An idea that we will explore in this episode.

Learn more at permaculturevoices.com/javan

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Direct download: PVP-JavanE52016.mp3
Category:permaculture,agriculture,farming -- posted at: 3:00am PST

DO THE WORK PODCAST:
 
A daily documentary of my life, behind Permaculture Voices blending together fatherhood, business, organization, and life hacking to make it all work.  Like a VLOG, but only audio.

This is the story of my journey to work from home full-time, documented daily, starting on the day that my third daughter Elle was born.  Call it the long road to overnight success.

A story about life.  Two lives.  A new one which has just began and one that goes on.

 
Support the show at permaculturevoices.com/support
Direct download: DTW_D126_11302016.mp3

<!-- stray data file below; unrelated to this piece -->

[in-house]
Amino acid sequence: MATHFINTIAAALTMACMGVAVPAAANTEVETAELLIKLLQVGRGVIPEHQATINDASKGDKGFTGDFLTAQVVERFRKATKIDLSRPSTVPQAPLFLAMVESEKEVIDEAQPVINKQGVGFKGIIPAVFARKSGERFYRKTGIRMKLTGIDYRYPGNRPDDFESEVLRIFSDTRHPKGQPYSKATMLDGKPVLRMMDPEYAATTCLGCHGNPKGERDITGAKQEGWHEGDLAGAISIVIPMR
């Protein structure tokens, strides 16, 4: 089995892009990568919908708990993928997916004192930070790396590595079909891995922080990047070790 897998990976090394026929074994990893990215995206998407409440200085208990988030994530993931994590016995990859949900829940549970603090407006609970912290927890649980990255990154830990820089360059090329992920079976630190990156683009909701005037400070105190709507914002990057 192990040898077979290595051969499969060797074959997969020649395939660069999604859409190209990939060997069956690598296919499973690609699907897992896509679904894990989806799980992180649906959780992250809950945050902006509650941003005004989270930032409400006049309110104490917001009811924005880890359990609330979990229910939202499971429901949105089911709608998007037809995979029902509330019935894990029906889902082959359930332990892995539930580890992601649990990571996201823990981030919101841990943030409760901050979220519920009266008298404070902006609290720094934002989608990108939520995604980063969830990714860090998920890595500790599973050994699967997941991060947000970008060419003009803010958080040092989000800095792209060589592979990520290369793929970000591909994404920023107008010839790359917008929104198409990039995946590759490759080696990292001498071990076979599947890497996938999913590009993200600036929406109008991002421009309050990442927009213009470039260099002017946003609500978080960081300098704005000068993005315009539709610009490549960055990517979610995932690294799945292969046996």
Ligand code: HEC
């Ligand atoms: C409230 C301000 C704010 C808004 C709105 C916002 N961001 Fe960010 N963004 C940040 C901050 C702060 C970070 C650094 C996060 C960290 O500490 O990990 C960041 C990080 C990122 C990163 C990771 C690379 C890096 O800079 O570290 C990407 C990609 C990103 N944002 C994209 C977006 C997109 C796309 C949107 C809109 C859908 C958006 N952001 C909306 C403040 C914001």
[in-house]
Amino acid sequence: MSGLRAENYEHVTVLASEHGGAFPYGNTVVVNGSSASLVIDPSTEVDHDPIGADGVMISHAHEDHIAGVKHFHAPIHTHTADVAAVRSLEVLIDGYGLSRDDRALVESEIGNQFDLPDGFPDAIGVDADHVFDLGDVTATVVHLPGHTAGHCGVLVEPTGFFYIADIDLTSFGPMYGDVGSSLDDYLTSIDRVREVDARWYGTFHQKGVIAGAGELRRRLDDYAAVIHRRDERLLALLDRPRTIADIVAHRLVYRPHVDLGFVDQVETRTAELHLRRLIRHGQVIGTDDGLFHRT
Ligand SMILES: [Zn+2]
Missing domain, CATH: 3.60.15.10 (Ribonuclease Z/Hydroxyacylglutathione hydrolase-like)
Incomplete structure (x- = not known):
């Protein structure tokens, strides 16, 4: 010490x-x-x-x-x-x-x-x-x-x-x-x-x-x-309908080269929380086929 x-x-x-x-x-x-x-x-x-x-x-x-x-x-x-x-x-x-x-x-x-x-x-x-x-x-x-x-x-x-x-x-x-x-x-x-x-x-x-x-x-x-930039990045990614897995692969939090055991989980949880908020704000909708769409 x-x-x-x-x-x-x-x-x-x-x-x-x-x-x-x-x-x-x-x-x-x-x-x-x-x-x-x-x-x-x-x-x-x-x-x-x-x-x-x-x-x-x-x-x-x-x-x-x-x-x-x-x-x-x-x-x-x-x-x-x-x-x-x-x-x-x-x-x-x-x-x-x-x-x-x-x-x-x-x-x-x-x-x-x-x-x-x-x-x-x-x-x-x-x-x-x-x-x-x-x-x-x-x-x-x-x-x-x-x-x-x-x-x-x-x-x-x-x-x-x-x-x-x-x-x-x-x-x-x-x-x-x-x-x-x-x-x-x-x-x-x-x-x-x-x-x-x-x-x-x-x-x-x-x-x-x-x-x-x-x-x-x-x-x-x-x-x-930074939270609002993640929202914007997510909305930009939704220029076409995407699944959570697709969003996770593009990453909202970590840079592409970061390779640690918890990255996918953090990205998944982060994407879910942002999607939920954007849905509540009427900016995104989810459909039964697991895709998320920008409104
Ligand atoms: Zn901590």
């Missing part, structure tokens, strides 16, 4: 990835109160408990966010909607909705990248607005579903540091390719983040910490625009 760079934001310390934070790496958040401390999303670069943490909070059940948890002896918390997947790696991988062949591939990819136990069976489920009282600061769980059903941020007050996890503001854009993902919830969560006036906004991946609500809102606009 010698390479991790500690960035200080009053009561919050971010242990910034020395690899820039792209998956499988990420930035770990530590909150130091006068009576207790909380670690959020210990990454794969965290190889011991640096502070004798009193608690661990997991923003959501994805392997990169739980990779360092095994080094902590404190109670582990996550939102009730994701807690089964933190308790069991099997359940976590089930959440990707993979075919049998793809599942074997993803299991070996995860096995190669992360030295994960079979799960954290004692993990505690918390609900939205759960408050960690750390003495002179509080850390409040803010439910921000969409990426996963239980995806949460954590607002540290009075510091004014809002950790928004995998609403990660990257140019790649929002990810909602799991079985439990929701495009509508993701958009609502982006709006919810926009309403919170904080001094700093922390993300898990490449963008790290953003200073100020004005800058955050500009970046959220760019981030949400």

Category:permaculture,agriculture,farming -- posted at: 10:00pm PST

Homesteader Justin Rhodes of AbundantPermaculture.com takes on the question -  Basic advice, suggestions and learnings on breeding chickens on the homestead?

To learn more about Justin and see all of the ASK Justin episodes visit permaculturevoices.com/justin.
 
Support the show at permaculturevoices.com/support.
Direct download: AskJustin-32-Broody.mp3
Category:permaculture,agriculture,farming -- posted at: 10:53am PST

DO THE WORK PODCAST:
 
A daily documentary of my life, behind Permaculture Voices blending together fatherhood, business, organization, and life hacking to make it all work.  Like a VLOG, but only audio.

This is the story of my journey to work from home full-time, documented daily, starting on the day that my third daughter Elle was born.  Call it the long road to overnight success.

A story about life.  Two lives.  A new one which has just began and one that goes on.

 
Support the show at permaculturevoices.com/support
Direct download: DTW_D125_11292016.mp3
Category:permaculture,agriculture,farming -- posted at: 7:23pm PST